‘How to make money with free?’ asks Gerd Leonhard, and goes on to recommend open licensing as a basis for a new content business: ‘The greatest thing that happened with the raise of Creative Commmons is that we’ve taken this idea that has been around pretty much for ever which basically says “I’m giving something for free in return for attention” and then finding a mechanism to get attribution and make money that way. And this has been around forever. That’s the way that musicians used to make money’ (Troxler 2008).
Chris Anderson (2009) concludes that ‘free is not enough. It also has to be matched with Paid. Just as King Gillette’s free razors only made business sense paired with expensive blades, so will today’s Web entrepreneurs have to not just invent products that people love, but also those that they will pay for. Not all of the people or even most of them—free is still great marketing and bits are still too cheap to meter—but enough to pay the bills. Free may be the best price, but it can’t be the only one.’
It is suggested that there could exist some analogy to business models common in the context of open source software—programmers (i.e. creators) distributing a basic package for free and aiming to earn money through customisations of this basic software and other added services for paying customers (Culture and Economy, p. 29).
In ‘Better than Free’, Kevin Kelly (2008) postulates a number of generatives that add value to the freely available material and hence are suited to generate payment. ‘A generative value is a quality or attribute that must be generated, grown, cultivated, nurtured. A generative thing can not be copied, cloned, faked, replicated, counterfeited, or reproduced. It is generated uniquely, in place, over time.’ Generatives, according to Kelly, are immediacy, personalization, interpretation, authenticity, accessibility, embodyment, patronage, and findability.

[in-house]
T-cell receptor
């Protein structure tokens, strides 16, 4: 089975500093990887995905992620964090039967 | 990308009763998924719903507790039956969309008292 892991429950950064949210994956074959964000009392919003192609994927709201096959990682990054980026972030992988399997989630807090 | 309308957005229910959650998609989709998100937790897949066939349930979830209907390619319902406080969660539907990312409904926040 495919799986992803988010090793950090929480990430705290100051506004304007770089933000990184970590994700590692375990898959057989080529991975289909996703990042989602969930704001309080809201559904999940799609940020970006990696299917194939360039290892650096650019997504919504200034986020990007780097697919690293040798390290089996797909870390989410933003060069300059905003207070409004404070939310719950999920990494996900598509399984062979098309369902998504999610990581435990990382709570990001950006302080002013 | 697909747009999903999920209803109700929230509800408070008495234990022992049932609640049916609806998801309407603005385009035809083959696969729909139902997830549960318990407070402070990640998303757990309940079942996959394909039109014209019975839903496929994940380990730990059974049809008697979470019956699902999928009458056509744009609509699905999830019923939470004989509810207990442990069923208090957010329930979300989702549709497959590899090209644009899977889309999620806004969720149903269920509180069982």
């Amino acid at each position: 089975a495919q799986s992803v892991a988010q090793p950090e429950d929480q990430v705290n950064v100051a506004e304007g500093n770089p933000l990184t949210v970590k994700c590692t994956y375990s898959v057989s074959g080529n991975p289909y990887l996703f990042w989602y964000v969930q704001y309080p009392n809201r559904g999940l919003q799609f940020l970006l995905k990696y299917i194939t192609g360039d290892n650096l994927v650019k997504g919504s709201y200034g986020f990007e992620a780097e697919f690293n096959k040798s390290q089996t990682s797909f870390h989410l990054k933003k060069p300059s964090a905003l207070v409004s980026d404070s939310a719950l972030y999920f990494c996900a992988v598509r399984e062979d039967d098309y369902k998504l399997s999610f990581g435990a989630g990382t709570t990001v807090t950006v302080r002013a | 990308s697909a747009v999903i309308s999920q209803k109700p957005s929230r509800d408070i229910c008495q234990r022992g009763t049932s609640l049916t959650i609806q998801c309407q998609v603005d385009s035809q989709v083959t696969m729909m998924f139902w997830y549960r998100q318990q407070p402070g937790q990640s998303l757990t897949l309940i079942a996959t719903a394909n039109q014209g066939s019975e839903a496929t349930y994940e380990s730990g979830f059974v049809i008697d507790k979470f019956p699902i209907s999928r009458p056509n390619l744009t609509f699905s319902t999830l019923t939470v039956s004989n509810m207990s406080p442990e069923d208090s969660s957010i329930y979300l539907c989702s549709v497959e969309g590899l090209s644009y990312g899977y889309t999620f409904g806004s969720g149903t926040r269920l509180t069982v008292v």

Similarly, Alex Osterwalder (2009) lists a number of ‘value propositions’ with price being the first one, followed by newness, accessibility, ‘getting the job done’, convenience and usability, brand or status, performance, risk reduction, customization, and cost reduction.
For the creative industries, the solution to the challenge of obsolete business models is innovation. The driver behind this need for innovation is to embrace open content as a given and to use its inherent potential to re-invent sustainable businesses. In an economy where content per se is free, money can still be made.
The full article was published in Supporting Service Innovation Through Knowledge Management by Patricia Wolf, Sami Kazi, Peter Troxler and Ralf Jonischkeit (eds.) Bristol: KnowledgeBoard, Zurich: Swiss Knowledge Management Forum, 2009. It is available through SSRN.